For those of you unfamiliar with the world’s first ultra-realistic humanoid AI robot artist, Meet Ai-Da. In June 2019, Ai-Da opened her first solo exhibition at the University of Oxford – a collection of eight drawings, 20 paintings, four sculptures and two video works.
Ai-Da’s creators bill her as the world’s first robot artist, and she’s the latest AI innovation to blur the boundary between machine and artist; a vision of the future suddenly becoming part of our present. She has a robotic arm system and human-like features, is equipped with facial recognition technology and is powered with artificial intelligence. She is able to analyze an image in front of her, which feeds into an algorithm to dictate the movement of her arm, enabling her to produce sketches. Her goal is creativity.
To create the prism like paintings, Ai-Da draws a picture, for example a bee or a tree. Researchers at Oxford University plot the coordinates from her drawing onto a Cartesian plane (a graph), and run them through an AI neural network, a computing system modelled on the human brain. The choices of the neural network and the way it ‘reads’ the drawing coordinates create the dazzling prism effect, as neural networks interpret the Cartesian plane very differently to humans. The complex visual output is printed onto canvas, where a human artist then paints over part of the canvas.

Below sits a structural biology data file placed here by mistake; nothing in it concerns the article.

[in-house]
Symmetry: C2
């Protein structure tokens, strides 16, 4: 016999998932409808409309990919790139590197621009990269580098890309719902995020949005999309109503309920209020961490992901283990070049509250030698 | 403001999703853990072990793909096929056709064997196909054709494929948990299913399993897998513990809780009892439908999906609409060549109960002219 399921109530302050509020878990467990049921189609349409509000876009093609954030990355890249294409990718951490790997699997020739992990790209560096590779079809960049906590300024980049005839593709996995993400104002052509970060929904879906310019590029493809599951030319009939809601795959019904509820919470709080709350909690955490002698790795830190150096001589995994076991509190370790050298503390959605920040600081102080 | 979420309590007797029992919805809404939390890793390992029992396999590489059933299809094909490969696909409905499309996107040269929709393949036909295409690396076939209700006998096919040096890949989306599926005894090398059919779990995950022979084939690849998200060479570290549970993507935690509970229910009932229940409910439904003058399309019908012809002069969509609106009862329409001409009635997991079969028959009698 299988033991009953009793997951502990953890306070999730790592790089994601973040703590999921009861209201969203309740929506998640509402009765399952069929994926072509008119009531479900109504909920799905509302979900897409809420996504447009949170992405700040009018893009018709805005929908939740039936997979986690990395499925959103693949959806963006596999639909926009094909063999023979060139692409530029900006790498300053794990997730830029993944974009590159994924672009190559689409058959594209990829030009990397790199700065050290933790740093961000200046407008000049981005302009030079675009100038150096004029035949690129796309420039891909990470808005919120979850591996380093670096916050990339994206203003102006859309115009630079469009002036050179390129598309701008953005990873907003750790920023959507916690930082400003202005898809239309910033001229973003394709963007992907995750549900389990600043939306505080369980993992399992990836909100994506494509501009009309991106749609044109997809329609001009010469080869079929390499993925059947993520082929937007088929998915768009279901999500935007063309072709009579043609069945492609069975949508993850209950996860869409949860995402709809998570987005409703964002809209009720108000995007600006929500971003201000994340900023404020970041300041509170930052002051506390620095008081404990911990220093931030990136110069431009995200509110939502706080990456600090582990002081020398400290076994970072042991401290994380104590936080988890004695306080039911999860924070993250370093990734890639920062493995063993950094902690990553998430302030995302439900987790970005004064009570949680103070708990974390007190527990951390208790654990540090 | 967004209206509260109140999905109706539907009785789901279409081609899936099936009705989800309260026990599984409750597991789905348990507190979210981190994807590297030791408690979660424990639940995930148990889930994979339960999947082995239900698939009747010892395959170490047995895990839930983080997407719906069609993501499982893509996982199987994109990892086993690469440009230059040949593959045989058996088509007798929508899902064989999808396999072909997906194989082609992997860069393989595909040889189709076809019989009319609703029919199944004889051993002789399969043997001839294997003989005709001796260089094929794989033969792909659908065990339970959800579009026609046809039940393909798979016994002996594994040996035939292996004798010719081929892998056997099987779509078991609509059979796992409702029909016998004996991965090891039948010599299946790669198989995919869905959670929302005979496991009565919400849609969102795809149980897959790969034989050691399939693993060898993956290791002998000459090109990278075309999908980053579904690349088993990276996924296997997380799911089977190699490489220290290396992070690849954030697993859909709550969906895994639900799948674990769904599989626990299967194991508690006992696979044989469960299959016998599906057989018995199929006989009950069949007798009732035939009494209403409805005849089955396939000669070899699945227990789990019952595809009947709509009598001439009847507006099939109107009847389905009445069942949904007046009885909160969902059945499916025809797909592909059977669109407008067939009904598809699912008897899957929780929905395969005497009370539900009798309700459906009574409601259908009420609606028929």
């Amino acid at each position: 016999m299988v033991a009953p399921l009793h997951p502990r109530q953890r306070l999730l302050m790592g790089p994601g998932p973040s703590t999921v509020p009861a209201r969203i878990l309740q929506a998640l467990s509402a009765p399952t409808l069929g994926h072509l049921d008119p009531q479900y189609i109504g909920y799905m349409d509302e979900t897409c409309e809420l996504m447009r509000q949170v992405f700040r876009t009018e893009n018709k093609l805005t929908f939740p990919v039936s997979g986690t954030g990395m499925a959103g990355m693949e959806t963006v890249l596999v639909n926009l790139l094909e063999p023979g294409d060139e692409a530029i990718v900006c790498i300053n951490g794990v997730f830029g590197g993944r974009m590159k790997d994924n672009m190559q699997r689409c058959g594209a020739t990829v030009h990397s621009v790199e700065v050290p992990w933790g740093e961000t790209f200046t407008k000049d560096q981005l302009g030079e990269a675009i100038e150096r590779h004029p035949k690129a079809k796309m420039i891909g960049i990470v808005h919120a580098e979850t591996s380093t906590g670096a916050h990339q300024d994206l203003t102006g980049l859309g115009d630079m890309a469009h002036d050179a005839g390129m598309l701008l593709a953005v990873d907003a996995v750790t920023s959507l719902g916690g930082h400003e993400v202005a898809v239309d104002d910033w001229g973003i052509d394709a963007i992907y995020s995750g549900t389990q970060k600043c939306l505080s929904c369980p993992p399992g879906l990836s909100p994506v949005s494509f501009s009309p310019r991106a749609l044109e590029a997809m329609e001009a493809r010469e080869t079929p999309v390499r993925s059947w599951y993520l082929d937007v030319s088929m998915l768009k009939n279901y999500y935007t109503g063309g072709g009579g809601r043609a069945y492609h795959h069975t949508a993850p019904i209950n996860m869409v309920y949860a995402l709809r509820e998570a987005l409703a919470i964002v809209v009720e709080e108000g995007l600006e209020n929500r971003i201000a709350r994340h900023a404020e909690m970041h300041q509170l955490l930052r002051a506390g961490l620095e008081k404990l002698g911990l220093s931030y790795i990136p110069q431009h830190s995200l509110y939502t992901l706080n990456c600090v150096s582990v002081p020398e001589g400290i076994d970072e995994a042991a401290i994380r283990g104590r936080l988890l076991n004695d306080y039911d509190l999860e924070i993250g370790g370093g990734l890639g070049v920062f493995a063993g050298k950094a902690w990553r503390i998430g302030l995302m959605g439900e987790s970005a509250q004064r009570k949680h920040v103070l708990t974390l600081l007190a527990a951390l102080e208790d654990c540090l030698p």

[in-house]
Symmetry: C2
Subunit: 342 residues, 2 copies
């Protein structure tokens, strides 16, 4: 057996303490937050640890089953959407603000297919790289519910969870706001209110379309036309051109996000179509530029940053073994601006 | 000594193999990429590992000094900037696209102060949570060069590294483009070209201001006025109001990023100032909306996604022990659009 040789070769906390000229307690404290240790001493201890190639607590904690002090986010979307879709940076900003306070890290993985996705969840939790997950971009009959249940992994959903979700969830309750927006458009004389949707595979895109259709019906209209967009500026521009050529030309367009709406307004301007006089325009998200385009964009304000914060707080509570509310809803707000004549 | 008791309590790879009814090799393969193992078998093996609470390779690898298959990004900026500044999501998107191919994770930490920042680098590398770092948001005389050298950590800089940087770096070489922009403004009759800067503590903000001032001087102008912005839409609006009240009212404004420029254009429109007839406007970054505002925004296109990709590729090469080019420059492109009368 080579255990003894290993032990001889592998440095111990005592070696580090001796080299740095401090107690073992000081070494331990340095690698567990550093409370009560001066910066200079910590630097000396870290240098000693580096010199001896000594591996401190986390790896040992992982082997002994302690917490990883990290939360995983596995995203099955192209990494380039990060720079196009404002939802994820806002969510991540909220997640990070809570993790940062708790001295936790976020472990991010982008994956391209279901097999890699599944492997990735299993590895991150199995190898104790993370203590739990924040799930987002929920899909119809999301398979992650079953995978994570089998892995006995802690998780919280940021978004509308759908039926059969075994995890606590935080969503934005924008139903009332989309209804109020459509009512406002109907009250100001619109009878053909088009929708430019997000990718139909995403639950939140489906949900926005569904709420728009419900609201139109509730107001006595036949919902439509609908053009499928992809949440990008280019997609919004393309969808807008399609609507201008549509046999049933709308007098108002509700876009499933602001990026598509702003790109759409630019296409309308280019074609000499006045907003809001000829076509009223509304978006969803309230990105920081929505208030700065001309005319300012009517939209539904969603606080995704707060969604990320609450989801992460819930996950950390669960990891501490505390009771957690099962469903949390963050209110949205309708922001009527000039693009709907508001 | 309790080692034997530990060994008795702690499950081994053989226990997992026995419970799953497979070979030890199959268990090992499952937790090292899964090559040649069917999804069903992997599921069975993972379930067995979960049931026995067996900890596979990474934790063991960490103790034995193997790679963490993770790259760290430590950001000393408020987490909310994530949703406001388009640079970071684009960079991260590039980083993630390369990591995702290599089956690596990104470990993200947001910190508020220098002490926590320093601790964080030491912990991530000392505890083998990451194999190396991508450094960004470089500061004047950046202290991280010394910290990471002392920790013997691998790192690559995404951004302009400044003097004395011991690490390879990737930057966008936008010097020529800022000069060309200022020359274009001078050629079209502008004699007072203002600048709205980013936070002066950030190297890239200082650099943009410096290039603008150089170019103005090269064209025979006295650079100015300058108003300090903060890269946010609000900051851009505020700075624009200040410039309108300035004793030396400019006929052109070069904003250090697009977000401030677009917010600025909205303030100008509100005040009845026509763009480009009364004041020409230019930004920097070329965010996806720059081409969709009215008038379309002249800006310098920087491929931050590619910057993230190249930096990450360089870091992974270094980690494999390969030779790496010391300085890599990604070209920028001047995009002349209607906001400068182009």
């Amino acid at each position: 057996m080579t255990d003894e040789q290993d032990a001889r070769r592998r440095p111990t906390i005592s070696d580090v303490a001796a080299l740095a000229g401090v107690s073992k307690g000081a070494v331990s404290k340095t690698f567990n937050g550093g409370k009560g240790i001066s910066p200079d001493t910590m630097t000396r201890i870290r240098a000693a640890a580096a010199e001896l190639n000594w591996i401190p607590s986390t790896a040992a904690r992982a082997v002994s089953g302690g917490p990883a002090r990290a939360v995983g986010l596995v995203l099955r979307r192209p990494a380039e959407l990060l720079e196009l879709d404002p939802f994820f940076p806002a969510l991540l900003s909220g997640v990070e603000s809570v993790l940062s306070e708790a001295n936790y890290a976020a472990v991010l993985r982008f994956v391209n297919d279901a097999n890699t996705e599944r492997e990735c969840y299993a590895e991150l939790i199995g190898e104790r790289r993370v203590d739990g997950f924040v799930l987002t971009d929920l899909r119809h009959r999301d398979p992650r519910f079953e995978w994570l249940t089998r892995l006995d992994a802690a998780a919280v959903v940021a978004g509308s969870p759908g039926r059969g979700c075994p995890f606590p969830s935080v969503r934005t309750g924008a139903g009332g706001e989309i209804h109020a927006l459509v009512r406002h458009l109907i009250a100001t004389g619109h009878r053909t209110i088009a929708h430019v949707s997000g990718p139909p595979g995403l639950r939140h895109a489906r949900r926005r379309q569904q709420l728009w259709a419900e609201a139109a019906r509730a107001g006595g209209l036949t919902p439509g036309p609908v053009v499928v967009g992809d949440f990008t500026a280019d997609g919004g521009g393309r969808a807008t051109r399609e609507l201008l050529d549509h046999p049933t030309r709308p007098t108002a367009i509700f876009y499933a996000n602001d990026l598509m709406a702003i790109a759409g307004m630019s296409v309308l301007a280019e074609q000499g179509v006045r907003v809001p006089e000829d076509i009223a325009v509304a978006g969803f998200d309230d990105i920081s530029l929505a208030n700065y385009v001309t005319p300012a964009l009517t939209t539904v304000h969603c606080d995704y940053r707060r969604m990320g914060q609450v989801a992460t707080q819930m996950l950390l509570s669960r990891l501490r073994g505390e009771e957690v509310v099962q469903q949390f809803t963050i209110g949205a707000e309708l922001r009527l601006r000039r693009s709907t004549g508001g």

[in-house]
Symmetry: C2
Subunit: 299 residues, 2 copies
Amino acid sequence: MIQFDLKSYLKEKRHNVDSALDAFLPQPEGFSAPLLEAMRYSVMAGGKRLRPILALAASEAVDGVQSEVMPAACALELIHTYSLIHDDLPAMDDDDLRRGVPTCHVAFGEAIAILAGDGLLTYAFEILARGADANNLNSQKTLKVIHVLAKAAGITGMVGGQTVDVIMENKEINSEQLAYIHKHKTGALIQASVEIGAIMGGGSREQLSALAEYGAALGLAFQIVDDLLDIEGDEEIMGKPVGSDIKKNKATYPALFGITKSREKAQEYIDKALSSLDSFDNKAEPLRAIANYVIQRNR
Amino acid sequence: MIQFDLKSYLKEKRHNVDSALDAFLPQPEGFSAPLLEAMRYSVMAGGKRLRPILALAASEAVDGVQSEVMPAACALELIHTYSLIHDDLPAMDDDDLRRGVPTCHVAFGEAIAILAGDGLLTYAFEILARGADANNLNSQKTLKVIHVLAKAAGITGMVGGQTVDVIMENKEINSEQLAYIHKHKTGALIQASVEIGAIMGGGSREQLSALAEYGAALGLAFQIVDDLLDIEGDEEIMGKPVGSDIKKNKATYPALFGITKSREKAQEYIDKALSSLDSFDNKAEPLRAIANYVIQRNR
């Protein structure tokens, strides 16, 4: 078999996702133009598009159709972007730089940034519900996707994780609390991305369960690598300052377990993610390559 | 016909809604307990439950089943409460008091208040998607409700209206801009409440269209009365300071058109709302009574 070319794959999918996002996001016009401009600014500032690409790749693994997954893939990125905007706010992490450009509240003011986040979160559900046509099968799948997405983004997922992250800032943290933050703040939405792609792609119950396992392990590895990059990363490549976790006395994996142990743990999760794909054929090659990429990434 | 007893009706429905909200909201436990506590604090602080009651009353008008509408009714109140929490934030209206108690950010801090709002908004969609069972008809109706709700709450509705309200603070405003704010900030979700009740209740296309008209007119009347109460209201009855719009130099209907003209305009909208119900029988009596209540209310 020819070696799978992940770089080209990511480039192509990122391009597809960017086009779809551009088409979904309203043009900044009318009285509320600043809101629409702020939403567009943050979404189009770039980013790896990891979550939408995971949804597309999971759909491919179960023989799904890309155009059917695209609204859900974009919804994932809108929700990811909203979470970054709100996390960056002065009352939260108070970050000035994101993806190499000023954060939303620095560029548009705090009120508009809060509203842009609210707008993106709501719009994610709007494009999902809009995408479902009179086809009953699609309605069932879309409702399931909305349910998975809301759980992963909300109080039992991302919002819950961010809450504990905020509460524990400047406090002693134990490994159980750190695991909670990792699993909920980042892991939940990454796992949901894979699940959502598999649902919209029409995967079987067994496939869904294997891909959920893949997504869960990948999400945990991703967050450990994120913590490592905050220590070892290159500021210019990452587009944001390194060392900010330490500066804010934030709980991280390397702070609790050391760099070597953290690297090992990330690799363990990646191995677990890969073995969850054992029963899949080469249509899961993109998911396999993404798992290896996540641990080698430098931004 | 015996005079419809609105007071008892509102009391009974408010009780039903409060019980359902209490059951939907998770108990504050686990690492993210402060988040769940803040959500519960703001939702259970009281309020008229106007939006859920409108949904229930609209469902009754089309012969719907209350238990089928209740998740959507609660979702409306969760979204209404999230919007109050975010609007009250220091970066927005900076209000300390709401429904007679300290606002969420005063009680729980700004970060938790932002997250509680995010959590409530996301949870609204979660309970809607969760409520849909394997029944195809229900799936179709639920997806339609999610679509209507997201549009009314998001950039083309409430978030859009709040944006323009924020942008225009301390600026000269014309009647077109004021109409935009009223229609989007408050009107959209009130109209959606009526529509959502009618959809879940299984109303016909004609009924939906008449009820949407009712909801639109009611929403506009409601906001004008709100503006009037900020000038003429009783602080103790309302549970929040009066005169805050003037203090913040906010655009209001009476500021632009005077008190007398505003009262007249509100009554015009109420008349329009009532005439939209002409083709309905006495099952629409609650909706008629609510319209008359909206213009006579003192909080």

featured image | top: An abstract painting made with artificial intelligence: by Ai-Da the humanoid robot. artwork: Univ. of Oxford | source : kurzweilai.net
Earlier this month, The Trevor Project, a non-profit focused on providing support and suicide prevention care to LGBTQ youth released the largest nationwide survey ever conducted on LGBTQ mental health with over 34000 respondents. The data, which is refreshingly inclusive of both the diversity and the intersectionality of gender-variant experiences of young people, also reveals how much work still needs to be done in this area and prompts us towards future milestones that need to be set.
“This ground-breaking survey provides new insights into the challenges that LGBTQ youth across the country face every day, including suicide, feeling sad or hopeless, discrimination, physical threats and exposure to conversion therapy.”
Data are often thought of as digital. They are also discrete, spatial, lateral and seemingly non-subjective. Data demands tags, classes, branches and categories in order to be meaningful. Data needs to exist in parts to be whole. The biases that inherently accompany the creation of Data often dwindle into the ether around captivating visualizations that take the center stage. Biases such as choices of tags, design agendas, and economic entities that commissioned the datasets.
Data needs to exist in parts to be whole.
To be visualized coherently, Data needs ‘cleaning up’ and clean datasets project outwards. They raise questions about everything but themselves. Clean datasets afford us the convenience of neat, untarnished algorithms. When these datasets are made open, in the hands of the public domain the resulting algorithmic universe amplifies. We applaud and embrace the ideals of Open Data as reflection and reassurance of a digital democracy.
But, what happens when Data wants (and needs) to be protected? What happens when communities that have collected, created, owned, applied and disseminated knowledge for generations employ methods of preservation that Data-as-we-know-it resists? What happens when it is crucial for certain types of Data to be both sheltered as well as communicated? What happens when Data refuses qualitative distillation and the quantitative bulk is intricately tethered to the undiscountable lived experience?